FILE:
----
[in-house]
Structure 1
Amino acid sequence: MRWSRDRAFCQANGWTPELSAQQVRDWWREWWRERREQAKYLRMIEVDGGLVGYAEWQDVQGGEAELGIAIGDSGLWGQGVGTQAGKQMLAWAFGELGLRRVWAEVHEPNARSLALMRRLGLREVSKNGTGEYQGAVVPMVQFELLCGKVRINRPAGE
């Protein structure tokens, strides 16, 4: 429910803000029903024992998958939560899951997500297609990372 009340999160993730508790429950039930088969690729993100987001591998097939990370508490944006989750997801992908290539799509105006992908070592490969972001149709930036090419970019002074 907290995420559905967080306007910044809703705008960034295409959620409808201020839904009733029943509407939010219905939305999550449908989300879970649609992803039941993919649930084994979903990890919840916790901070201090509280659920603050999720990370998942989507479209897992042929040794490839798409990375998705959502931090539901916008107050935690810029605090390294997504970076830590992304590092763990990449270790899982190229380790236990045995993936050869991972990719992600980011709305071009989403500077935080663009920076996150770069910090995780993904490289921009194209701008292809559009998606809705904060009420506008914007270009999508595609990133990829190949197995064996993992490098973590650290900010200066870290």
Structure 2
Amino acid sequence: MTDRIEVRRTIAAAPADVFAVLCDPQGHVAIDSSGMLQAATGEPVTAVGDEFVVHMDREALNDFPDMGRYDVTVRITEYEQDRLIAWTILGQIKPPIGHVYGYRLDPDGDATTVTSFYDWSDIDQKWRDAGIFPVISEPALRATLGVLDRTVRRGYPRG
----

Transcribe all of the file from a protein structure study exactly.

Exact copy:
[in-house]
Structure 1
Amino acid sequence: MRWSRDRAFCQANGWTPELSAQQVRDWWREWWRERREQAKYLRMIEVDGGLVGYAEWQDVQGGEAELGIAIGDSGLWGQGVGTQAGKQMLAWAFGELGLRRVWAEVHEPNARSLALMRRLGLREVSKNGTGEYQGAVVPMVQFELLCGKVRINRPAGE
């Protein structure tokens, strides 16, 4: 429910803000029903024992998958939560899951997500297609990372 009340999160993730508790429950039930088969690729993100987001591998097939990370508490944006989750997801992908290539799509105006992908070592490969972001149709930036090419970019002074 907290995420559905967080306007910044809703705008960034295409959620409808201020839904009733029943509407939010219905939305999550449908989300879970649609992803039941993919649930084994979903990890919840916790901070201090509280659920603050999720990370998942989507479209897992042929040794490839798409990375998705959502931090539901916008107050935690810029605090390294997504970076830590992304590092763990990449270790899982190229380790236990045995993936050869991972990719992600980011709305071009989403500077935080663009920076996150770069910090995780993904490289921009194209701008292809559009998606809705904060009420506008914007270009999508595609990133990829190949197995064996993992490098973590650290900010200066870290």
Structure 2
Amino acid sequence: MTDRIEVRRTIAAAPADVFAVLCDPQGHVAIDSSGMLQAATGEPVTAVGDEFVVHMDREALNDFPDMGRYDVTVRITEYEQDRLIAWTILGQIKPPIGHVYGYRLDPDGDATTVTSFYDWSDIDQKWRDAGIFPVISEPALRATLGVLDRTVRRGYPRG